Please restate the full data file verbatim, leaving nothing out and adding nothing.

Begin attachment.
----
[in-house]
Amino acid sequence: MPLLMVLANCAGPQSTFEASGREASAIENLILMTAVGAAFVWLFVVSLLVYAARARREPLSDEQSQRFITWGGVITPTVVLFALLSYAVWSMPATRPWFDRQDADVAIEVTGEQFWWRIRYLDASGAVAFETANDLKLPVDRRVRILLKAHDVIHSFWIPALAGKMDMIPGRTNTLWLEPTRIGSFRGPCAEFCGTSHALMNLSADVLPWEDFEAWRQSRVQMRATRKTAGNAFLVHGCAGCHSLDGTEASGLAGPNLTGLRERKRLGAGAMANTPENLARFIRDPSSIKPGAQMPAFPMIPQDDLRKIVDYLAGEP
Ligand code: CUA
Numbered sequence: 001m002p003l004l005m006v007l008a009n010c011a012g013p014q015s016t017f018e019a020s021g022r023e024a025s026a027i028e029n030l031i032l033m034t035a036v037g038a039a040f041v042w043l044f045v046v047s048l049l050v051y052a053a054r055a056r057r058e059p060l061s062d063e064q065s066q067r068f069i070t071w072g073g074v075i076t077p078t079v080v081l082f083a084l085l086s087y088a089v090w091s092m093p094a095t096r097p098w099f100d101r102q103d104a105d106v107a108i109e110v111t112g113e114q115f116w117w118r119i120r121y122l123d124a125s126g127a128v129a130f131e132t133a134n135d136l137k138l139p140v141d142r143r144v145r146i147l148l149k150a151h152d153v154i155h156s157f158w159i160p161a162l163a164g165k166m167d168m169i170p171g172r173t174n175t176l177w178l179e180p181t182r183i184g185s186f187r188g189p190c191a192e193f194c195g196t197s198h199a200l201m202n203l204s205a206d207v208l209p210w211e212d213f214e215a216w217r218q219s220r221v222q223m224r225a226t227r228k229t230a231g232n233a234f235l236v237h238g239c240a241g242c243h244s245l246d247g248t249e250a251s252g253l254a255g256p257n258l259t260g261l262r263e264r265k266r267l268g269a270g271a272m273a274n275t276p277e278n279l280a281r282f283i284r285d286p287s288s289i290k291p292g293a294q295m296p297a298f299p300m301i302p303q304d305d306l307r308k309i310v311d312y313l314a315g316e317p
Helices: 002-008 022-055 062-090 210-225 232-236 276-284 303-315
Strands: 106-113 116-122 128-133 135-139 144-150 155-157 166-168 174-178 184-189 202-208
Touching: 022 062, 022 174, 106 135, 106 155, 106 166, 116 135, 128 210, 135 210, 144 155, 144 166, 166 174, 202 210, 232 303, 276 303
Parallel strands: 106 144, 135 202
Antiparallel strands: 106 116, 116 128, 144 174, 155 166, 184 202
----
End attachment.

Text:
[in-house]
Amino acid sequence: MPLLMVLANCAGPQSTFEASGREASAIENLILMTAVGAAFVWLFVVSLLVYAARARREPLSDEQSQRFITWGGVITPTVVLFALLSYAVWSMPATRPWFDRQDADVAIEVTGEQFWWRIRYLDASGAVAFETANDLKLPVDRRVRILLKAHDVIHSFWIPALAGKMDMIPGRTNTLWLEPTRIGSFRGPCAEFCGTSHALMNLSADVLPWEDFEAWRQSRVQMRATRKTAGNAFLVHGCAGCHSLDGTEASGLAGPNLTGLRERKRLGAGAMANTPENLARFIRDPSSIKPGAQMPAFPMIPQDDLRKIVDYLAGEP
Ligand code: CUA
Numbered sequence: 001m002p003l004l005m006v007l008a009n010c011a012g013p014q015s016t017f018e019a020s021g022r023e024a025s026a027i028e029n030l031i032l033m034t035a036v037g038a039a040f041v042w043l044f045v046v047s048l049l050v051y052a053a054r055a056r057r058e059p060l061s062d063e064q065s066q067r068f069i070t071w072g073g074v075i076t077p078t079v080v081l082f083a084l085l086s087y088a089v090w091s092m093p094a095t096r097p098w099f100d101r102q103d104a105d106v107a108i109e110v111t112g113e114q115f116w117w118r119i120r121y122l123d124a125s126g127a128v129a130f131e132t133a134n135d136l137k138l139p140v141d142r143r144v145r146i147l148l149k150a151h152d153v154i155h156s157f158w159i160p161a162l163a164g165k166m167d168m169i170p171g172r173t174n175t176l177w178l179e180p181t182r183i184g185s186f187r188g189p190c191a192e193f194c195g196t197s198h199a200l201m202n203l204s205a206d207v208l209p210w211e212d213f214e215a216w217r218q219s220r221v222q223m224r225a226t227r228k229t230a231g232n233a234f235l236v237h238g239c240a241g242c243h244s245l246d247g248t249e250a251s252g253l254a255g256p257n258l259t260g261l262r263e264r265k266r267l268g269a270g271a272m273a274n275t276p277e278n279l280a281r282f283i284r285d286p287s288s289i290k291p292g293a294q295m296p297a298f299p300m301i302p303q304d305d306l307r308k309i310v311d312y313l314a315g316e317p
Helices: 002-008 022-055 062-090 210-225 232-236 276-284 303-315
Strands: 106-113 116-122 128-133 135-139 144-150 155-157 166-168 174-178 184-189 202-208
Touching: 022 062, 022 174, 106 135, 106 155, 106 166, 116 135, 128 210, 135 210, 144 155, 144 166, 166 174, 202 210, 232 303, 276 303
Parallel strands: 106 144, 135 202
Antiparallel strands: 106 116, 116 128, 144 174, 155 166, 184 202